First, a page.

“Do you really think Teddy shall remain friends with us,” Dipesh began, “even after going over to Gryffindor?”

“Who’s to say we shall even desire his acquaintanceship?” Xenophilius retorted, bunching up his robe so that the extra fabric did not cause him to stumble over Hogwarts’ great marble stairs.

“Cool it, Xen,” Nigel said. “I think Teddy has proved himself to be a standout lad.” He ran out of breath whilst clambering the stone stairwells whose positions were ever-changing. “And anyway, we could use an inside source in Gryffindor tower. Someone who’s on our side who can keep us up to date with the goings-on of that fascist-adjacent house. Dig what I’m saying?”

Fascist-adjacent?” Dipesh was incredulous. “Now you’ve really gone too far, Nigel. Don’t let a little inter-house rivalry get the better of you. You should remember that Elisabeth Small is a Gryffindor, after all. Is she a fascist too, Nigel?”

“No, no…” Nigel huffed and puffed. “Of course not. She’s a, you know, a bona fide revolutionary, that one.”

Nigel did appear quite exhausted after a long day of traveling, feasting, and listening to the many hundreds of new students get sorted into houses. Too, it must be remembered that he endured all of this whilst under a heavy dosage of marijuana; and presently, Nigel felt as though, far from the effects of the drug finally wearing off—as they very well should have done—he was somehow experiencing a resurgent high. For the life of him, he couldn’t figure out how such a thing could be possible. Did someone put something in his food? One of the house elves? For what purpose? Did that ogre Harold Bigsby put a charm on Nigel as a joke? Such magic was likely out of Harold’s reach…

The historic figures whose visages decorated the school’s paintings taunted poor Nigel with their searching expressions. Their eyes scorched Nigel’s soul; their expressions indicated that they knew of the lad’s indiscretions. Surely, they would be in touch with Dumbledore about this shortly. Perhaps the headmaster would be so outraged by the boy’s use of illicit drugs that he would be willing to sell Nigel out to the Ministry’s Inquisitors.

Spanish Inquisition! Nigel was proud of himself for the quality of this historical allusion, which he felt might be even more powerful than comparing the Ministry to the Nazis. The fascists were terrible people, are terrible people, Nigel thought. But the Nazis were modern. Wouldn’t it be even more insulting if I were to compare the Ministry of Magic to the Inquisitors, the fascists of the medieval era?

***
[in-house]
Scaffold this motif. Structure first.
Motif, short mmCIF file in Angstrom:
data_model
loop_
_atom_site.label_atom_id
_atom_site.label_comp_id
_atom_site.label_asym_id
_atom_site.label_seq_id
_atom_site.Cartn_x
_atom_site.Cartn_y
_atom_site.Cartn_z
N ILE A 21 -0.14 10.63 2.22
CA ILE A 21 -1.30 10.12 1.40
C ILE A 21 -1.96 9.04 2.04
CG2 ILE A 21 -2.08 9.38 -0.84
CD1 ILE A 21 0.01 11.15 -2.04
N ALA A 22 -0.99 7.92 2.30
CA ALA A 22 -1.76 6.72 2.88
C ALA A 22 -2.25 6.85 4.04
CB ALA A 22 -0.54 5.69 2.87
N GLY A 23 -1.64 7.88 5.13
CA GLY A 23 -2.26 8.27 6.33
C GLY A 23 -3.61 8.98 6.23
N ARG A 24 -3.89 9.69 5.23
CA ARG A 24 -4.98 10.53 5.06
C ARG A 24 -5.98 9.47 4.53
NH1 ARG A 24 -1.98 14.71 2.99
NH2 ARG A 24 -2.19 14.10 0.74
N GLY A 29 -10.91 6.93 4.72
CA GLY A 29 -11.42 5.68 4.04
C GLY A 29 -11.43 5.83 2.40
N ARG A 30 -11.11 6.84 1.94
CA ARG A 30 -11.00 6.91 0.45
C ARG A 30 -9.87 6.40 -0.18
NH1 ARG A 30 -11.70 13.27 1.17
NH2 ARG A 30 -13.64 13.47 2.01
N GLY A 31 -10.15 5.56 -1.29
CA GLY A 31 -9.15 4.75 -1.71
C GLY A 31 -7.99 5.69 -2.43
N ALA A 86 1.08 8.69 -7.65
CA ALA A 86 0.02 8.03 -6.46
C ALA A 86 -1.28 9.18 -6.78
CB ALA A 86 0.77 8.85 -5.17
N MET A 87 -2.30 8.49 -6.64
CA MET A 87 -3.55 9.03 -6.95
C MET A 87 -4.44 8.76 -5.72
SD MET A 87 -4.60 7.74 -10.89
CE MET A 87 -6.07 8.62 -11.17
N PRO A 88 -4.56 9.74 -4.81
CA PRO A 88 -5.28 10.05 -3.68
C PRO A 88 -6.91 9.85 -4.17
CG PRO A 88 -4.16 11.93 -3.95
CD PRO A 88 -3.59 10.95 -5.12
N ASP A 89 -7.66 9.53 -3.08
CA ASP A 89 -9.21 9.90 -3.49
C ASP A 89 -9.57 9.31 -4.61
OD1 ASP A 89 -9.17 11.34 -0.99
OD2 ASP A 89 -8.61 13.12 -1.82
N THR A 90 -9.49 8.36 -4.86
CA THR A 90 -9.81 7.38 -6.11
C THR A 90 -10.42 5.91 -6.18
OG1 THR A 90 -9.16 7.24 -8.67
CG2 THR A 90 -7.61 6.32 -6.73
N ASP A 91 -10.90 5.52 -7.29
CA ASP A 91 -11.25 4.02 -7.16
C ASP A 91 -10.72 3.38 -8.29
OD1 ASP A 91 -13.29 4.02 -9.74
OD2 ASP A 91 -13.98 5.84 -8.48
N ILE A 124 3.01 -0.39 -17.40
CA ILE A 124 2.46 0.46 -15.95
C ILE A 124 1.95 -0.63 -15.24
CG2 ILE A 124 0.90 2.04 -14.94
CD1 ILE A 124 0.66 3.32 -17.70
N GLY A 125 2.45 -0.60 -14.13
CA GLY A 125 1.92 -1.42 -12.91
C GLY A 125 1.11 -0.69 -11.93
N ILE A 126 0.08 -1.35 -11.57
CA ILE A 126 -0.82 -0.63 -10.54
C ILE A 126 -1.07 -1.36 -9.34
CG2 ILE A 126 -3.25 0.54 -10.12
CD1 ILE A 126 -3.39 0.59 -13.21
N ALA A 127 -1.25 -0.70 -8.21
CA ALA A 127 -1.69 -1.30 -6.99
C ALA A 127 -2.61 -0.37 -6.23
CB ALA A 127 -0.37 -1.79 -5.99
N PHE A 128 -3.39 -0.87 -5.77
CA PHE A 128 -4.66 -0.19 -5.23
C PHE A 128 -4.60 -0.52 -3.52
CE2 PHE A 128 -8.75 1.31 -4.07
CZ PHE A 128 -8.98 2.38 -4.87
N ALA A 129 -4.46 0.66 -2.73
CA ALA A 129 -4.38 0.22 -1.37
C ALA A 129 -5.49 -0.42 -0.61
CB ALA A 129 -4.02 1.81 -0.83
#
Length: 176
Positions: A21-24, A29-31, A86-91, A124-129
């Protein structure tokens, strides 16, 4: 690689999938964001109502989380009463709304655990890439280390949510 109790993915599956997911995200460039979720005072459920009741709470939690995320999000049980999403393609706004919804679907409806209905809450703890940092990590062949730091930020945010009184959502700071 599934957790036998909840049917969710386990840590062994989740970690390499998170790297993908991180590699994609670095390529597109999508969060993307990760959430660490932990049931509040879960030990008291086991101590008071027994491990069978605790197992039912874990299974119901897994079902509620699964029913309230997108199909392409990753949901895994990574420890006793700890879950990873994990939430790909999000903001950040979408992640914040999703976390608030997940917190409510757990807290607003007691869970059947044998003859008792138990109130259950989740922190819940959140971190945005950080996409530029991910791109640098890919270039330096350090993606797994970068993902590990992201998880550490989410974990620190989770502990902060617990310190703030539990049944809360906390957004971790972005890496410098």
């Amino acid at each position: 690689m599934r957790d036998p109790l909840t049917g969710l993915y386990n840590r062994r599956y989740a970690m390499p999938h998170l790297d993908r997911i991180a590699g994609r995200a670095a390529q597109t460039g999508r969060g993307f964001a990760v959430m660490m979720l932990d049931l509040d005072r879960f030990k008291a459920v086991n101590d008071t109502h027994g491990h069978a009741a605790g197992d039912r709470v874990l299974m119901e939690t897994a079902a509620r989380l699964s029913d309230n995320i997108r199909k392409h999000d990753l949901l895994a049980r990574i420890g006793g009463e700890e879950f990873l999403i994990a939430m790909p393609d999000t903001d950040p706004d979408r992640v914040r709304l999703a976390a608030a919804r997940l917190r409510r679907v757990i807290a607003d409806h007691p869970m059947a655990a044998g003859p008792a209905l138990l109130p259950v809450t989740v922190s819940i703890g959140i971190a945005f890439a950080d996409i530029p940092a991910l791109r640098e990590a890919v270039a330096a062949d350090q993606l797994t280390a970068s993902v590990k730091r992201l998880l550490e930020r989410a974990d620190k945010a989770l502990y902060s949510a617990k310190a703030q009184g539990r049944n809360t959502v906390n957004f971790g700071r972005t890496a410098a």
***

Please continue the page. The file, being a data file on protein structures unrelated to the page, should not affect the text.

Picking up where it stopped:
The paintings on the wall gave him a confused look. Nigel wanted to scream at them to fuck off, but rightly intuited that such a sudden outburst would cause fellow Ravenclaws to believe he’d gone mad.

“If a broken clock is still right twice a day,” began the eagle knocker affixed to the entrance to Ravenclaw Tower, “at what time will its bell ring?”

“Impossible to know without further information!” Nigel blurted out.

The entirety of House Ravenclaw, that army of first-class intellectuals, turned round to cast contemptuous stares at young Nigel.

“What on earth are you saying now, Nigel?” Dipesh sneered.

“What?” Nigel looked shocked and hurt by the nasty looks he received. “I was only answering the riddle! Now why isn’t the bloody door opening? That was an easy one!”

“I don’t think you heard the eagle properly?” said some snobbish youth in the Ravenclaw throng. The haughty London elite continued: “I believe it said, ‘Take away the whole and some remains. What is it?’” With a bored face, he paused to give Nigel some time for deliberation. “The answer, which ought to be obvious enough, is ‘wholesome!’”

The door to Ravenclaw tower swung open, and the students gratefully entered.

“Impossible to know without further information?” a student mocked. “That’s a laugh.”

Julianna approached Nigel, Dipesh, and Xen appearing very frantic. She swished her brownish-blonde hair out of her face and said to Nigel, “What the hell has gotten into you? Your eyes are like two blood moons!”

“Be cool, Jules,” Nigel attempted to wave her off. “I’m just tired. Doesn’t a fellow have a right to be tired after a long day?” But Dipesh and Julianna appeared unconvinced. “Or maybe someone who has it out for me has put some kind of hex on me? I do feel quite unlike my normal self.” Maybe, Nigel thought, if he simply admitted he was out of sorts, that would be enough to get his friends off his back.

“If you wish to be stoned all year long,” Julianna said, her arms folded, “then I don’t know how long I’ll be able to keep my mouth shut before I’m compelled to report you to Professor Aurelius.”

“Don’t worry, Julianna,” Dipesh cut in, rather fearing the consequences of his rash decision to engage in impromptu conversation with her. “I’ll keep a close eye on him. M-make sure he doesn’t-doesn’t get into too mmmuch trouble, you know? Ha-ha.”

“What’s with you, mate?” Nigel whispered to Dipesh, far too loudly.